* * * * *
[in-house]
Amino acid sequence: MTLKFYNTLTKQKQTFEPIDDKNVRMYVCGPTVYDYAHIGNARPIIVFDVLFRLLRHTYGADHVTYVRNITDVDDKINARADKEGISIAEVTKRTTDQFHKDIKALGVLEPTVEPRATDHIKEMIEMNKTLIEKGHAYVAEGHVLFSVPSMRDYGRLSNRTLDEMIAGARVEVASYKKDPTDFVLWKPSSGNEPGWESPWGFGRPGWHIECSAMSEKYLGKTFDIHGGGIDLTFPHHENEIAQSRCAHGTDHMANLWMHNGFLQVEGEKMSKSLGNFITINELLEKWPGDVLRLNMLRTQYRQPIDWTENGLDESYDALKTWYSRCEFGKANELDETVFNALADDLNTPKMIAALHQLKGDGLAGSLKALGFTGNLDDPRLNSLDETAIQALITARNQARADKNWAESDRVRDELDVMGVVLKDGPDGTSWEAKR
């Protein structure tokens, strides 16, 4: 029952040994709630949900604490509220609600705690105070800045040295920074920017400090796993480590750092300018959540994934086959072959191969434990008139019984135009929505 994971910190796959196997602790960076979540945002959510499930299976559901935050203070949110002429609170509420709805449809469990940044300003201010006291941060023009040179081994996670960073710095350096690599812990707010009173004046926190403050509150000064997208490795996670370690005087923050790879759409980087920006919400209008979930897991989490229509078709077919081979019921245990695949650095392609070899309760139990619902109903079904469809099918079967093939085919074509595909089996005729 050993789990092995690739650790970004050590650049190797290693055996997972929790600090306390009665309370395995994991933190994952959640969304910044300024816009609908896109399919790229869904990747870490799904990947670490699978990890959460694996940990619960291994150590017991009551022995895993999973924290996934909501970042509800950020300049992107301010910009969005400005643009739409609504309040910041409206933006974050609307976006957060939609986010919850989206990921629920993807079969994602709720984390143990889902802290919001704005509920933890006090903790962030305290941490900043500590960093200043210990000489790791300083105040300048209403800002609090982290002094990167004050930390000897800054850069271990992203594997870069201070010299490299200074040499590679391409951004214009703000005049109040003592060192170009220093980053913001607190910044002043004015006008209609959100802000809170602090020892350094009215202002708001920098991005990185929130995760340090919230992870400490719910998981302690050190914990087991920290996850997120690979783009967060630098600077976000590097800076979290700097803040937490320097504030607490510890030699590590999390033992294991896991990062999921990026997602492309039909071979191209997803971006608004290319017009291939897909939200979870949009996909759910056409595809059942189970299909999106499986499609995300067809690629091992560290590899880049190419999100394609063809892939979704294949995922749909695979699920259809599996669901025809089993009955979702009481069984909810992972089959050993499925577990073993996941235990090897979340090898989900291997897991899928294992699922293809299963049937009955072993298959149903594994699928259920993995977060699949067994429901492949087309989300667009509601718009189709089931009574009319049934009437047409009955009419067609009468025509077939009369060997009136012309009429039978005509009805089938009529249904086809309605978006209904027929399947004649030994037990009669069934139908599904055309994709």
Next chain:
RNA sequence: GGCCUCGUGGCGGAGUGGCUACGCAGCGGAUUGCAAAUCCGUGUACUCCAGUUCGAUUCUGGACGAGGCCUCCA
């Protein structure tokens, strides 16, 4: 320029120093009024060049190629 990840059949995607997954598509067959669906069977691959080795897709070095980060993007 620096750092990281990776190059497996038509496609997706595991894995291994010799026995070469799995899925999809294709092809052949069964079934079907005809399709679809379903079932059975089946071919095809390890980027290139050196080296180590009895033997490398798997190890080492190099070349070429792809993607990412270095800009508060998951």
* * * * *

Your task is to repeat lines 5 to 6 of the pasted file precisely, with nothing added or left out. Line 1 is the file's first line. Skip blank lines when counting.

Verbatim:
RNA sequence: GGCCUCGUGGCGGAGUGGCUACGCAGCGGAUUGCAAAUCCGUGUACUCCAGUUCGAUUCUGGACGAGGCCUCCA
């Protein structure tokens, strides 16, 4: 320029120093009024060049190629 990840059949995607997954598509067959669906069977691959080795897709070095980060993007 620096750092990281990776190059497996038509496609997706595991894995291994010799026995070469799995899925999809294709092809052949069964079934079907005809399709679809379903079932059975089946071919095809390890980027290139050196080296180590009895033997490398798997190890080492190099070349070429792809993607990412270095800009508060998951």